It was a dark and stormy night.
It's always a dark and stormy night. But the gloom of this chill night would sap the soul out of even the most hardy of travellers. The drops of rain slashed out of the sky like sharp icicles, penetrating overcoats, and petticoats alike, soaking Goldilocks to her skin. A steady stream poured off of her riding hood, which had ceased to protect her from the cold some time ago. Her shivering hands looked like pink raisins, and she thought that one good swat would shatter her numb fingers like the lightening that frequently streaked across the sky would shatter any unfortunate tree branch which happened to be in its way.
She thought about the circumstances which led her to this point and she laughed quietly. It was either laugh, or go insane, she mused. The circumstances were unimportant, she decided. The only thing that was important now was finding some sort of shelter, before she collapsed from exposure. Worse, she might run into a big bad wolf. Although, she thought sullenly, even the wolves had sense enough to stay out of this weather. She was in the woods, and she decided that a cabin or a house was too much to hope for, so she kept her eyes opened for a cave, or a thicket which might offer some sort of cover, and get her out of the rain. Unlikely she would find some dry wood with which to make a fire, but one thing at a time, she thought to herself. One thing at a time.
The night wore on as she staggered forward, alertness dwindling with the feeling in her toes. Pretty soon, she thought, she would cease caring, and just lay where she fell. Suddenly, impossibly she thought that she saw light on the fringes of her vision. She looked to her left, and instead of disappearing, as she expected, the light remained. Where there is light, she concluded, there must be warmth. And she moved in the direction of the light.
She got closer, and the light grew. Perhaps, she thought, it was a campfire, where she could warm her tired bones, and perhaps get a bite to eat from some good natured hunters, or squatters. What she did not expect, as she drew closer to the light, was a small house situated in the middle of the woods. She approached the house, wondering what sort of hermit would set up residence in this dreary forest. It mattered little who would live here, the simple fact of the matter is that here was a house that appeared warm, and more importantly would keep the rain off her back, if only for a little while. She entered the yard as the first rays of sunshine crept over the distant horizon as the rain continued to fall. She wearily tapped on the door.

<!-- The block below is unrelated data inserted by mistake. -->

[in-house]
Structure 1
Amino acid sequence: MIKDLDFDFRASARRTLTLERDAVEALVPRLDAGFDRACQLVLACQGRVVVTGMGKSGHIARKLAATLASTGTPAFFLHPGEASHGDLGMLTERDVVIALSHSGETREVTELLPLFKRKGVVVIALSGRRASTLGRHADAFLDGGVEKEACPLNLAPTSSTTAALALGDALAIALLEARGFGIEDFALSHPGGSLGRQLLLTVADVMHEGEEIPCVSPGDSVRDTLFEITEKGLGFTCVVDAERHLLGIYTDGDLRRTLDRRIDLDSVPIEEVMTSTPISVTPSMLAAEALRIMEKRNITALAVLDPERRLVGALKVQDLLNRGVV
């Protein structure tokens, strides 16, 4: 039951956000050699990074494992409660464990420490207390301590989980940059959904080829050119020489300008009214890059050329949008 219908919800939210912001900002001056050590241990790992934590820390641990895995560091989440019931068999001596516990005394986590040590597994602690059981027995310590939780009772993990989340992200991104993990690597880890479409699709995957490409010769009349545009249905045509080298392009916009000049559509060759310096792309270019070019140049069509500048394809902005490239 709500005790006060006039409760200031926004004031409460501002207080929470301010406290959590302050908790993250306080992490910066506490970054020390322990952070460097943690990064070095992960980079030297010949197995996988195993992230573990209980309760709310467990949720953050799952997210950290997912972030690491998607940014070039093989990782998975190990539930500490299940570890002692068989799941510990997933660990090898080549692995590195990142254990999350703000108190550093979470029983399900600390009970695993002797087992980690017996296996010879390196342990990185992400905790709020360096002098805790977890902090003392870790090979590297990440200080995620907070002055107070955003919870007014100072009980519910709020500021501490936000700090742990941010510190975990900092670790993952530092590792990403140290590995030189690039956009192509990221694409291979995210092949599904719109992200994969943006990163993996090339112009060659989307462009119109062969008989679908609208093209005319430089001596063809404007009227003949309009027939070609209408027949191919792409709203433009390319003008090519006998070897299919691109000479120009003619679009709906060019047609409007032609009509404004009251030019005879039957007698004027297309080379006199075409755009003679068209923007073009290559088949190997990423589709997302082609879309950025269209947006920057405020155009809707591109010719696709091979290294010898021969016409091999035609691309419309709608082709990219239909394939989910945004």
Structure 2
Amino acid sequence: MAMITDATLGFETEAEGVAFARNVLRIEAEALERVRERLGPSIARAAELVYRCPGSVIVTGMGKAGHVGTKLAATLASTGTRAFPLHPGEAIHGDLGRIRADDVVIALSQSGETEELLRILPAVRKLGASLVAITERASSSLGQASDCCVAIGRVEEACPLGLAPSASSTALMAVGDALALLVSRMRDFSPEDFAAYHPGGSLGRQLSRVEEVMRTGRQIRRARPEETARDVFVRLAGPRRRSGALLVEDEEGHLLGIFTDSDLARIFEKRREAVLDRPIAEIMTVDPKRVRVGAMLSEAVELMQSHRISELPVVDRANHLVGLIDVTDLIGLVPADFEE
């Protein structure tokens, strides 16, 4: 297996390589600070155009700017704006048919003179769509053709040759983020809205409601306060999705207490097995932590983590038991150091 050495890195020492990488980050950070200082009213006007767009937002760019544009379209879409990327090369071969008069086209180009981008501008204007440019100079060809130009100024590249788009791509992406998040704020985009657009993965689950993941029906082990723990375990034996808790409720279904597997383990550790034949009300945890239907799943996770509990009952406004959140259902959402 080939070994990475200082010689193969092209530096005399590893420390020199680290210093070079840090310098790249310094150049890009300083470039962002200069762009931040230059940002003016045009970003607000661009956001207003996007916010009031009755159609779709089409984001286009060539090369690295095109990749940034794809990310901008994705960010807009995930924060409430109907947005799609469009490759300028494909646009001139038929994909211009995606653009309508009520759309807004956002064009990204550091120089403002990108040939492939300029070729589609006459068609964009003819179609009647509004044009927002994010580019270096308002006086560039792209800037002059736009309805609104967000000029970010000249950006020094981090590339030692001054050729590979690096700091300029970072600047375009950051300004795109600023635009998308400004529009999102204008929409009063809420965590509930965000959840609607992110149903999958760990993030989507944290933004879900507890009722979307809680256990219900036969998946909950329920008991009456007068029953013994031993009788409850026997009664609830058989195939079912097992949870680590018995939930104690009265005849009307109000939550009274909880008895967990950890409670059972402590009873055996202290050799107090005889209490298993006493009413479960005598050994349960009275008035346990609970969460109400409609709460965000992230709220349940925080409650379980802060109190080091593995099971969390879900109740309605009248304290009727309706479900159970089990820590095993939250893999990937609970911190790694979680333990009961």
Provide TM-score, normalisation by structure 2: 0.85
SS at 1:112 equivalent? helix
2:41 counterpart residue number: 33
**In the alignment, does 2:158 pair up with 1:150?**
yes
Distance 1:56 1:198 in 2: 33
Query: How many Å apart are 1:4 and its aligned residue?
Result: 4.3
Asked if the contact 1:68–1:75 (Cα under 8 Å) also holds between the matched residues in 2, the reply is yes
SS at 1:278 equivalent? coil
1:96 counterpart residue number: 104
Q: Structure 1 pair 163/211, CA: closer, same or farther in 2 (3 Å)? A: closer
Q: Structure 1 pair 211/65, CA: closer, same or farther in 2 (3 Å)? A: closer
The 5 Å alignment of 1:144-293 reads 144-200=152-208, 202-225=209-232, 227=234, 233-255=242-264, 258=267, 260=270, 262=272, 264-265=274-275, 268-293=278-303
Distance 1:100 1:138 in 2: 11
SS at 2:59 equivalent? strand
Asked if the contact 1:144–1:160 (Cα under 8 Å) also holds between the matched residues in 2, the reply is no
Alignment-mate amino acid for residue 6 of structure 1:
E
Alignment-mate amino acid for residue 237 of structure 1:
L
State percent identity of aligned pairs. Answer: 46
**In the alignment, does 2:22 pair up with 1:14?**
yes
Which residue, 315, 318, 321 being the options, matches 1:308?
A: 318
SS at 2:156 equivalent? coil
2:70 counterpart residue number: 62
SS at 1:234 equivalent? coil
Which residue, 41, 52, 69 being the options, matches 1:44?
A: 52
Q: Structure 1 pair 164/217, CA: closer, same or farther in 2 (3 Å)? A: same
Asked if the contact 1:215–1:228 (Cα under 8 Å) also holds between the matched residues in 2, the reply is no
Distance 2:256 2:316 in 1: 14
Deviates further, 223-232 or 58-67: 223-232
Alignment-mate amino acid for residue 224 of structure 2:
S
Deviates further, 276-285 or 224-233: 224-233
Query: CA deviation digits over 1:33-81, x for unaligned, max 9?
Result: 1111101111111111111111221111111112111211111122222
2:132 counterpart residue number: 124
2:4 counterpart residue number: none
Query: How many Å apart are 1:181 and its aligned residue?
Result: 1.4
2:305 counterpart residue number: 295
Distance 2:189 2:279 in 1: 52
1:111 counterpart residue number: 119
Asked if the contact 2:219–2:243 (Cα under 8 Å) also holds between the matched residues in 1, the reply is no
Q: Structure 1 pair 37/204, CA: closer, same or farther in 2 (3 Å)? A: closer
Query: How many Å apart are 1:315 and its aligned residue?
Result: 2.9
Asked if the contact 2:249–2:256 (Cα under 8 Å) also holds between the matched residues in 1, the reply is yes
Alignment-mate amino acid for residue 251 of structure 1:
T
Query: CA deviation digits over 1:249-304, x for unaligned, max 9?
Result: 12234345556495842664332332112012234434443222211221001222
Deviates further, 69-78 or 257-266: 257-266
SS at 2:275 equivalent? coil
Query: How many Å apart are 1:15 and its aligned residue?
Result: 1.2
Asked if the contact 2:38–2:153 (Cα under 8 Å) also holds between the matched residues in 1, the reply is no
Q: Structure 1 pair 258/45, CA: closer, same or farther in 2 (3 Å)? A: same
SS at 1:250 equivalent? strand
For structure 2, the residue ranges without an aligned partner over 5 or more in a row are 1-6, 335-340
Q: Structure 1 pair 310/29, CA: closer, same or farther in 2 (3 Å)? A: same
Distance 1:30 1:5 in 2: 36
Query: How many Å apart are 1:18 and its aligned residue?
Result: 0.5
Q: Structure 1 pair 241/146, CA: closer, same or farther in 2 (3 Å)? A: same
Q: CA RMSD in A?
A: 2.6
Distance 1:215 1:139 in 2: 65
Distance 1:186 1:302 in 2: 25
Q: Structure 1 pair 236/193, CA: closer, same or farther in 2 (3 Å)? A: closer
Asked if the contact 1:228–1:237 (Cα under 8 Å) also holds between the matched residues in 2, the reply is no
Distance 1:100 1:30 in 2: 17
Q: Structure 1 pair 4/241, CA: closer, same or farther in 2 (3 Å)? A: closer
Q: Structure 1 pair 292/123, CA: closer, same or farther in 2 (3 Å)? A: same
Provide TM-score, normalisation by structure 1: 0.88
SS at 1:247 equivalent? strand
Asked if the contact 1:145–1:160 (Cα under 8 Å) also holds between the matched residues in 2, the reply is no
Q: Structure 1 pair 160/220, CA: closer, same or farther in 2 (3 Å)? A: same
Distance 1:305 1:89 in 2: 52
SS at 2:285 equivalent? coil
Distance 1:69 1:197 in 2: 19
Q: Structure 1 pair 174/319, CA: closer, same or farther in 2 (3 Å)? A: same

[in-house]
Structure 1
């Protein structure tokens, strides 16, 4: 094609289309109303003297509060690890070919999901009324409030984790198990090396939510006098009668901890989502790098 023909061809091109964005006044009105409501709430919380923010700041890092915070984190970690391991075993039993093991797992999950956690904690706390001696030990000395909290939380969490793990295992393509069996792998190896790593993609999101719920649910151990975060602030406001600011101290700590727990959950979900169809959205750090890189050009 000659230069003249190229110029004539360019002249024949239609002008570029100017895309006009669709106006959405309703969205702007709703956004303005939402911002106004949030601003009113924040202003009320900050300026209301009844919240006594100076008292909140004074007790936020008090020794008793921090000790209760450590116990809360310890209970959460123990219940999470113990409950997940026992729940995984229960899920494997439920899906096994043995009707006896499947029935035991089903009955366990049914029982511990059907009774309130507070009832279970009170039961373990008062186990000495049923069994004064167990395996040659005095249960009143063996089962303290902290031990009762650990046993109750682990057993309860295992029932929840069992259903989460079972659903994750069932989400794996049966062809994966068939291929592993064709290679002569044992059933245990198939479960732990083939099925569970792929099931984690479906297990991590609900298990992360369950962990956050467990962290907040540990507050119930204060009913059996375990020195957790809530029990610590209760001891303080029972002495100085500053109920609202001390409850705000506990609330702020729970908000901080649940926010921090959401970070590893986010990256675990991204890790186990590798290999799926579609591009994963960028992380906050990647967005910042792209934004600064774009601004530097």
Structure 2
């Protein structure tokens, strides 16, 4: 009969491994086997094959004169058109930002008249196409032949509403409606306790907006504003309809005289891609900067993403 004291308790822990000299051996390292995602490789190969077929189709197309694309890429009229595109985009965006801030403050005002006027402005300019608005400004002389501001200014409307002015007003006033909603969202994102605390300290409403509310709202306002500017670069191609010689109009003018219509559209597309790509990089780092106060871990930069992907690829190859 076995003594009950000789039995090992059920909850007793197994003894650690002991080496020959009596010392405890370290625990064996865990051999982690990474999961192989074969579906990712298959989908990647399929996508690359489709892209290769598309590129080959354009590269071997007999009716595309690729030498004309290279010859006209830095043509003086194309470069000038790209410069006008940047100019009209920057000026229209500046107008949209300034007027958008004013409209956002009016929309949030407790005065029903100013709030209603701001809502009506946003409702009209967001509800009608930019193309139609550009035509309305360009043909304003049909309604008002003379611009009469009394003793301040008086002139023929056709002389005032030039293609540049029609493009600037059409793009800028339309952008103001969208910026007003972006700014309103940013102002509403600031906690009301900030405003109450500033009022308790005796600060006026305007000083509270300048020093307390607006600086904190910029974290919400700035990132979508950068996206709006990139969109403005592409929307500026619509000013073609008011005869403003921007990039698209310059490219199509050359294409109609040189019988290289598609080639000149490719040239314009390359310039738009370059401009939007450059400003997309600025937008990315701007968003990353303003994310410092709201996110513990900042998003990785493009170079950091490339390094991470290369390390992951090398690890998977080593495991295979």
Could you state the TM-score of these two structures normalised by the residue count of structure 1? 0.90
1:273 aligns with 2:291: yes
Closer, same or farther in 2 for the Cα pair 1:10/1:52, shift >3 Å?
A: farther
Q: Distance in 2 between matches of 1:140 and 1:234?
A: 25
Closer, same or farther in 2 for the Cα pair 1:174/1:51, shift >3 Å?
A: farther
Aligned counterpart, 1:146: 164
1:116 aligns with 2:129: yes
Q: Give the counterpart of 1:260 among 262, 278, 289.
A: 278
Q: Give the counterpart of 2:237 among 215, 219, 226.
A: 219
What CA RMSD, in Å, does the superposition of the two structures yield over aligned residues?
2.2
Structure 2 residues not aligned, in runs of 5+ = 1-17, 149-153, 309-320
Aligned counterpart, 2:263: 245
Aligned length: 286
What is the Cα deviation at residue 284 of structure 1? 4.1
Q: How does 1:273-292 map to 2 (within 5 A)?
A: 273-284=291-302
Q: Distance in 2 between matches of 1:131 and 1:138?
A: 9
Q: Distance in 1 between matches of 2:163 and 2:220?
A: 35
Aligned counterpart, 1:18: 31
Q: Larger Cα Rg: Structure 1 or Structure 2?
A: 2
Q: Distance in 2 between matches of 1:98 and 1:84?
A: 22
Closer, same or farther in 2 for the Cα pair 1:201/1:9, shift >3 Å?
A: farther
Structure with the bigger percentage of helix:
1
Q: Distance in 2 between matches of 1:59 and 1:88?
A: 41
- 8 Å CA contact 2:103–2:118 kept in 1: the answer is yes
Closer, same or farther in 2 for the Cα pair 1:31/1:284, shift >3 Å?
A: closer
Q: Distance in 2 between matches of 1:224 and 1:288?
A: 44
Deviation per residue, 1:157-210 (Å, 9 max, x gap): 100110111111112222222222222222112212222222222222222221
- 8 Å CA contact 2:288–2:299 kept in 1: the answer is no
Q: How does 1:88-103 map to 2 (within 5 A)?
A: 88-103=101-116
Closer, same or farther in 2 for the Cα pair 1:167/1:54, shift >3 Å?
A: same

She knocked again, this time, a bit louder. Again, there was no answer. She tried the doorknob, and discovered that the door was unlocked. Of course it would be unlocked. There probably has not been a visitor to this place since it was built. She slowly pushed the door open.
The door quietly creaked as it swung open, and Goldilocks dimly noted that the door would creak louder if no one lived here. Perhaps they were still asleep, or perhaps they had ventured out into the wet morning in search of breakfast. She crept inside, and closed the door. The house was warm enough. She peeled off her overcoat, and hung it on a hook that was near the door. There were three pegs on the hook, labelled "Poppa", "Momma" and "Baby". So, it was family that lived here. Not a hermit, or a mad bomber. She left her coat on the small baby peg, and wondered if she should remove the blouse that was clinging wetly to her skin. Perhaps until she had investigated the situation a bit further she would leave it on. She walked deeper into the house.
She rounded the first corner, and discovered the source of heat in the house. It was an old stove flush against the near wall of what appeared to be some sort of kitchen or dining area. There was a small wooden table located in the middle of the floor, and three small wooden chairs situated around the table. Upon the table were three old china dishes filled with some sort of viscous substance which may or may not be food. The dishes appeared to be in bad shape. There were cracks and chips and other signs of age. Very old china indeed. The table was poorly constructed. If she didn't know better she would have guessed that some sort of creature lacking opposable thumbs had put it together.